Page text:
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Lawrence Joseph Interview

Lawrence Joseph talks about poetic intensity, the lyric as a social space, and darkness of our time of war without end. Joseph is the author of five books of poetry, most recently Into It and Codes, Precepts, Biases, and Taboos: Poems 1973-1993, both published by Farrar, Straus, and Giroux in 2005. Married to the painter Nancy Van Goethem, he has lived in lower Manhattan since 1998. He is presently Tinnelly Professor of Law at St. John's University School of Law, where he teaches labor and employment law and critical legal interpretation and theory.


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Conversations and readings with poets and artists, produced in cooperation with PennSound and hosted by Charles Bernstein, the American poet, theorist, editor, and literary scholar. Bernstein was born in New York City in 1950. He is a foundational member and leading practitioner of Language poetry. Bernstein was educated at the Bronx High School of Science and at Harvard University, where he studied philosophy with Stanley Cavell and wrote his final thesis on Gertrude Stein and Ludwig Wittgenstein.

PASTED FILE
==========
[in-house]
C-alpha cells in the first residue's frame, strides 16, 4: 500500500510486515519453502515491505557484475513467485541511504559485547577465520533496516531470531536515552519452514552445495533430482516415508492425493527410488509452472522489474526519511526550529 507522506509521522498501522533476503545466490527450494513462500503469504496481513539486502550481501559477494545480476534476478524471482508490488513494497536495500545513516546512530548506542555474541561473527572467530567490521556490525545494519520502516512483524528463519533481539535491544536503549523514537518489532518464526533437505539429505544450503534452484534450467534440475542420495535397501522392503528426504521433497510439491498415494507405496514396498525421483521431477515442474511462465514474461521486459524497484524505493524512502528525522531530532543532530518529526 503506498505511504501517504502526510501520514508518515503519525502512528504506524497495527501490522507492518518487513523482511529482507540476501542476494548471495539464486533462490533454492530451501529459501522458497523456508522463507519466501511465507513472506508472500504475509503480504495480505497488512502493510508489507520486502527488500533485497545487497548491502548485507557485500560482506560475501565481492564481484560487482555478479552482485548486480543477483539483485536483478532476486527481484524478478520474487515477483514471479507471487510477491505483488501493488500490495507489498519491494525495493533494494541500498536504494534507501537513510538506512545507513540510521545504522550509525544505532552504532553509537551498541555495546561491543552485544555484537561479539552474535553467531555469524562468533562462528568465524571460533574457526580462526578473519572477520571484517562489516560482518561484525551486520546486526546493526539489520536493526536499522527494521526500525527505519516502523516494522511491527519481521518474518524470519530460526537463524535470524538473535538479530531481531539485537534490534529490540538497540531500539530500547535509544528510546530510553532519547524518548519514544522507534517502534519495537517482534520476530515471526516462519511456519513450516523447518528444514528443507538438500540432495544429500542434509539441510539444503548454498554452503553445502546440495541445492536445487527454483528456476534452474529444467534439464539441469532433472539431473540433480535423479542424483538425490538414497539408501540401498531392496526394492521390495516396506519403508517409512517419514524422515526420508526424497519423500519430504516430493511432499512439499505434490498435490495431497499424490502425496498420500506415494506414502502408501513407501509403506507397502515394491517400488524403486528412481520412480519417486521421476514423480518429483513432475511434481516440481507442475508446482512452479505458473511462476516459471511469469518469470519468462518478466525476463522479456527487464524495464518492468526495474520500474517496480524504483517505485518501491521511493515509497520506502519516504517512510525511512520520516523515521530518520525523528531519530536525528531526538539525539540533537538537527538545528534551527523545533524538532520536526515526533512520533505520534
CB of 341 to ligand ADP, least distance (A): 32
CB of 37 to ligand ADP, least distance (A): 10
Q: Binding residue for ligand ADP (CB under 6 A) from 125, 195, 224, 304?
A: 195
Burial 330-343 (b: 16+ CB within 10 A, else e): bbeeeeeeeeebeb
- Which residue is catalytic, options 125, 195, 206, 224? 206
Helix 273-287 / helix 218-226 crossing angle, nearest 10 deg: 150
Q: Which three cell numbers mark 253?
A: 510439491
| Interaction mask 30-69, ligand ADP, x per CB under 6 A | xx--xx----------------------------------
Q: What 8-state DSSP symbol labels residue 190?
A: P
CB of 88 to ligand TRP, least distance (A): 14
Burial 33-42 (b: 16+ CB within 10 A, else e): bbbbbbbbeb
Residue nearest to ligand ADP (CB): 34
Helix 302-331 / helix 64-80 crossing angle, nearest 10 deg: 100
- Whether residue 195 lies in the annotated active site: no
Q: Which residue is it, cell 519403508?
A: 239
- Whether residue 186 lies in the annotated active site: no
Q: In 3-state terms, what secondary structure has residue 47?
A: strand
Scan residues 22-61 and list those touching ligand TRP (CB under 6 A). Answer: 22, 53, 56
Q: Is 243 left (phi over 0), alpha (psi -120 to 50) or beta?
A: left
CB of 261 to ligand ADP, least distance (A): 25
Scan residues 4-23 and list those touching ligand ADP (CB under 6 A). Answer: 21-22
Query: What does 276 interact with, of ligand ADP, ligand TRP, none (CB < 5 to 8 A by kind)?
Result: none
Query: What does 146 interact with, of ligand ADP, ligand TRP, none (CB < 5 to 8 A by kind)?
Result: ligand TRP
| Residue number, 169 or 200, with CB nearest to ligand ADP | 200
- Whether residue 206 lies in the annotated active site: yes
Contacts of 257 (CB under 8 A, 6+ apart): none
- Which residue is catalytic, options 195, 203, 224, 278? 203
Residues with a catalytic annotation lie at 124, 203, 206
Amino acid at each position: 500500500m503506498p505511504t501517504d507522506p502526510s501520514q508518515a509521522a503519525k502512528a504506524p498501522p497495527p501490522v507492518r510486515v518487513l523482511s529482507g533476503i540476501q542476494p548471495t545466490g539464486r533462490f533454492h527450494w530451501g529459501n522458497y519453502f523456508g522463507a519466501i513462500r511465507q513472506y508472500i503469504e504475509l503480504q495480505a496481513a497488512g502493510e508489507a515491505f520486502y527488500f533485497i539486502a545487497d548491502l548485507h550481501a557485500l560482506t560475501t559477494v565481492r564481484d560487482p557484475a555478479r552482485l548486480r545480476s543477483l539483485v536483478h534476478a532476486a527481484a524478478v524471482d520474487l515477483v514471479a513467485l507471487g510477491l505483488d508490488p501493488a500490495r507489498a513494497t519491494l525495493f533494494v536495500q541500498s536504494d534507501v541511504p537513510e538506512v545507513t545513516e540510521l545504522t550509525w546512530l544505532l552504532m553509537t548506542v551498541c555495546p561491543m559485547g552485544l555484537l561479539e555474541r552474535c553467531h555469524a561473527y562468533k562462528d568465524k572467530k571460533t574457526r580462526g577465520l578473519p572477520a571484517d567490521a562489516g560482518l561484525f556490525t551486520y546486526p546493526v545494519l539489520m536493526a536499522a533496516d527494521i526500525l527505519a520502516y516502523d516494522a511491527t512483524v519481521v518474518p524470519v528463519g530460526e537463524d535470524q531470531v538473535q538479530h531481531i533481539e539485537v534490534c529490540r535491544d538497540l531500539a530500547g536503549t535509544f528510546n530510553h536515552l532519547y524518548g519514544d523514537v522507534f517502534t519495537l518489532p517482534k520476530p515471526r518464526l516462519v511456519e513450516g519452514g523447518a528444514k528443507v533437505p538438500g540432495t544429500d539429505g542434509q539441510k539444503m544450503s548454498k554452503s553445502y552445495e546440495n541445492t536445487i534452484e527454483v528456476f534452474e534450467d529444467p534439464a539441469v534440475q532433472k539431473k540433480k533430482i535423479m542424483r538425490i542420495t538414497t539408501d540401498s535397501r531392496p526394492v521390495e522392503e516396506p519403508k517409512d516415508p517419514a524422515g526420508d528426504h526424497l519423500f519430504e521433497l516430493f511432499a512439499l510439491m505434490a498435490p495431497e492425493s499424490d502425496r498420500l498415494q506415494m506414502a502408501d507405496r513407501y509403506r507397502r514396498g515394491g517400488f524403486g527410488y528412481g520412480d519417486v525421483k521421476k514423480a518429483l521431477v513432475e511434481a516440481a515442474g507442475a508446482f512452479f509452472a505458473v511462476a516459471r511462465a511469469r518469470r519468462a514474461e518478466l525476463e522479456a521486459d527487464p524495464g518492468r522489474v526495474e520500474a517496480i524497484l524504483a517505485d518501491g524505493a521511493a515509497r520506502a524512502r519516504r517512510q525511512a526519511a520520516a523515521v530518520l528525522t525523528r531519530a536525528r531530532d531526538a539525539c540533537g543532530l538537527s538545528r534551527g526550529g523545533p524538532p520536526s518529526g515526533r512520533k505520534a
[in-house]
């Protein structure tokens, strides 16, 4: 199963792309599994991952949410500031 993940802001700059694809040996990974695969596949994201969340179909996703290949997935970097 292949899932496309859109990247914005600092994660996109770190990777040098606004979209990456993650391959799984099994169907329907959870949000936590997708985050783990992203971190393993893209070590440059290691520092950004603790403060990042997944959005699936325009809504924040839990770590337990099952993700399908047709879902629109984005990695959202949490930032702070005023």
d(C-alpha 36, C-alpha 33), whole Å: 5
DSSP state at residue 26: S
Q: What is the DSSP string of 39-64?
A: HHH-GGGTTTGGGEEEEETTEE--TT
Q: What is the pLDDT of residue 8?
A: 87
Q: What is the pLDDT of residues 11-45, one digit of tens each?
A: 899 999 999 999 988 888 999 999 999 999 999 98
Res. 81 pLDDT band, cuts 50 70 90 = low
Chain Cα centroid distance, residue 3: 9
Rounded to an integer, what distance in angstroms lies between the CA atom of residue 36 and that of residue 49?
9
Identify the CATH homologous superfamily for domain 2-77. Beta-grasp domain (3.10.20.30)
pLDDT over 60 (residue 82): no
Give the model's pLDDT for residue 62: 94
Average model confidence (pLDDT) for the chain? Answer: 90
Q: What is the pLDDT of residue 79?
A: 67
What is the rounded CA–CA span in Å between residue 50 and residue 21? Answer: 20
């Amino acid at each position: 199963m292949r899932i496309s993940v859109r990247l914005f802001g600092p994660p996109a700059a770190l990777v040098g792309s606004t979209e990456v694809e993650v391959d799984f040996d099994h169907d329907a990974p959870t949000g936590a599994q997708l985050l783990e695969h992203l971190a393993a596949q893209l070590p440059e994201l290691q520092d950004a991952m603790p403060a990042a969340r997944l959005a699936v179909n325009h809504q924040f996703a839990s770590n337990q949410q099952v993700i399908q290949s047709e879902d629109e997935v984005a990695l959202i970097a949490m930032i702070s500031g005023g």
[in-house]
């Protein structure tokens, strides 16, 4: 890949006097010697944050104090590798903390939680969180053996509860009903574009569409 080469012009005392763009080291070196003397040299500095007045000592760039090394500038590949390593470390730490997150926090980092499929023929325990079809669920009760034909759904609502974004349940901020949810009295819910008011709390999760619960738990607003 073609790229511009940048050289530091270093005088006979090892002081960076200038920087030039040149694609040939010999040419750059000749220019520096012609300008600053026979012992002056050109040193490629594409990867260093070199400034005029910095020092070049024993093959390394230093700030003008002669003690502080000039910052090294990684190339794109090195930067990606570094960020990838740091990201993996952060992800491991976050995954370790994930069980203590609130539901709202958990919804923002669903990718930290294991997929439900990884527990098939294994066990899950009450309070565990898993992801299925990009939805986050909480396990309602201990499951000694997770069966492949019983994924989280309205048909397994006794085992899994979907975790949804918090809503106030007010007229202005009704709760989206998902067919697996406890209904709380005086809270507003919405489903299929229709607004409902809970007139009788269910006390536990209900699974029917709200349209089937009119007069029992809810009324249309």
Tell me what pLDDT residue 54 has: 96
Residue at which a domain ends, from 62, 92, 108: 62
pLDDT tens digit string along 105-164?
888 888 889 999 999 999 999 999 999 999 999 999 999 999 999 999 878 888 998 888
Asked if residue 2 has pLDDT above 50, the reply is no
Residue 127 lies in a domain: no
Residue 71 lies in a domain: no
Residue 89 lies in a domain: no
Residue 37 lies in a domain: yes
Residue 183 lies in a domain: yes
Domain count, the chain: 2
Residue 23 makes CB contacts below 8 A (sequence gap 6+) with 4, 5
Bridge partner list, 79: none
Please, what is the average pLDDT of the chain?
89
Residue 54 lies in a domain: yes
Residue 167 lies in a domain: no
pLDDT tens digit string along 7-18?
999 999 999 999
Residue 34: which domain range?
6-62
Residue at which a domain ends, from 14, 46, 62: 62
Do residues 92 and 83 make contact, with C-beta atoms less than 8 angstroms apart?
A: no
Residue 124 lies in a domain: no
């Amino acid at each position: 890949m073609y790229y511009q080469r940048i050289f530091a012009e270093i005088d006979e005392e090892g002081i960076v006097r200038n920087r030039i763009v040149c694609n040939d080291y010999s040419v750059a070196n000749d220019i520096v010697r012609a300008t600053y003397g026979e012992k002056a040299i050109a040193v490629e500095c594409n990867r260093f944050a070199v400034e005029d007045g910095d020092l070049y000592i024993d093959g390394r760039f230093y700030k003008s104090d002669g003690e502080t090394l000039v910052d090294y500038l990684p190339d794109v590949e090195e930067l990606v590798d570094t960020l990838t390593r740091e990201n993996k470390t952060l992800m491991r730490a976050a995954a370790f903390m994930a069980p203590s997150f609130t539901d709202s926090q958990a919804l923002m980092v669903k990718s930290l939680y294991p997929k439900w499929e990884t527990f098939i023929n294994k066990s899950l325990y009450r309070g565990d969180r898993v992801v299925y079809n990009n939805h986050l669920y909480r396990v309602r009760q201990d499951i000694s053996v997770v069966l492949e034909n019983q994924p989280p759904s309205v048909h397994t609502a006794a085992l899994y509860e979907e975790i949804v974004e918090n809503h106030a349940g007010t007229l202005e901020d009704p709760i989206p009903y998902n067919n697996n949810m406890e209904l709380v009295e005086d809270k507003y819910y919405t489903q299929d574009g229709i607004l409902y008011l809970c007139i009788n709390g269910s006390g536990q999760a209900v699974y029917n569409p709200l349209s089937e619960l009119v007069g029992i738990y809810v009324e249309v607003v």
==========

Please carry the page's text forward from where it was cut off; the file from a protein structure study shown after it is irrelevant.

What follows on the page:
In the mid-1970s Bernstein became active in the experimental poetry scenes in New York and San Francisco, not only as a poet, but also as an editor, publisher, and theorist. With visual artist and wife Susan Bee, Bernstein published several now well-known poets whose work is associated with Language writing.